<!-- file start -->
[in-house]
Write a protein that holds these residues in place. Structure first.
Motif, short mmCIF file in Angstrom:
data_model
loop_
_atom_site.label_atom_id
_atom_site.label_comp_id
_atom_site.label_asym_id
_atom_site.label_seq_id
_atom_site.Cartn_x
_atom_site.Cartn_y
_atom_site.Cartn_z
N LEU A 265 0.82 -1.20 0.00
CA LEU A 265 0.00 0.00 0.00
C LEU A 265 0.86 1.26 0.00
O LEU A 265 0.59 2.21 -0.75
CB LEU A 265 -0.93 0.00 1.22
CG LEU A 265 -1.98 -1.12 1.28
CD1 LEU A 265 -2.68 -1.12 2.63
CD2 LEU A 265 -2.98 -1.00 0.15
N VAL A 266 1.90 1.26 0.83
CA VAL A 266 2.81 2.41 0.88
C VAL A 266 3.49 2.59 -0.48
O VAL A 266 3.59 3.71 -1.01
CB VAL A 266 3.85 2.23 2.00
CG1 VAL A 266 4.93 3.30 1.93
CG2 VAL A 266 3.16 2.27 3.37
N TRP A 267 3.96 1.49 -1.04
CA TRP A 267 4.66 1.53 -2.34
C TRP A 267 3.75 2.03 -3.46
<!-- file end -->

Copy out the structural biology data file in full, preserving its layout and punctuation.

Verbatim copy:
[in-house]
Write a protein that holds these residues in place. Structure first.
Motif, short mmCIF file in Angstrom:
data_model
loop_
_atom_site.label_atom_id
_atom_site.label_comp_id
_atom_site.label_asym_id
_atom_site.label_seq_id
_atom_site.Cartn_x
_atom_site.Cartn_y
_atom_site.Cartn_z
N LEU A 265 0.82 -1.20 0.00
CA LEU A 265 0.00 0.00 0.00
C LEU A 265 0.86 1.26 0.00
O LEU A 265 0.59 2.21 -0.75
CB LEU A 265 -0.93 0.00 1.22
CG LEU A 265 -1.98 -1.12 1.28
CD1 LEU A 265 -2.68 -1.12 2.63
CD2 LEU A 265 -2.98 -1.00 0.15
N VAL A 266 1.90 1.26 0.83
CA VAL A 266 2.81 2.41 0.88
C VAL A 266 3.49 2.59 -0.48
O VAL A 266 3.59 3.71 -1.01
CB VAL A 266 3.85 2.23 2.00
CG1 VAL A 266 4.93 3.30 1.93
CG2 VAL A 266 3.16 2.27 3.37
N TRP A 267 3.96 1.49 -1.04
CA TRP A 267 4.66 1.53 -2.34
C TRP A 267 3.75 2.03 -3.46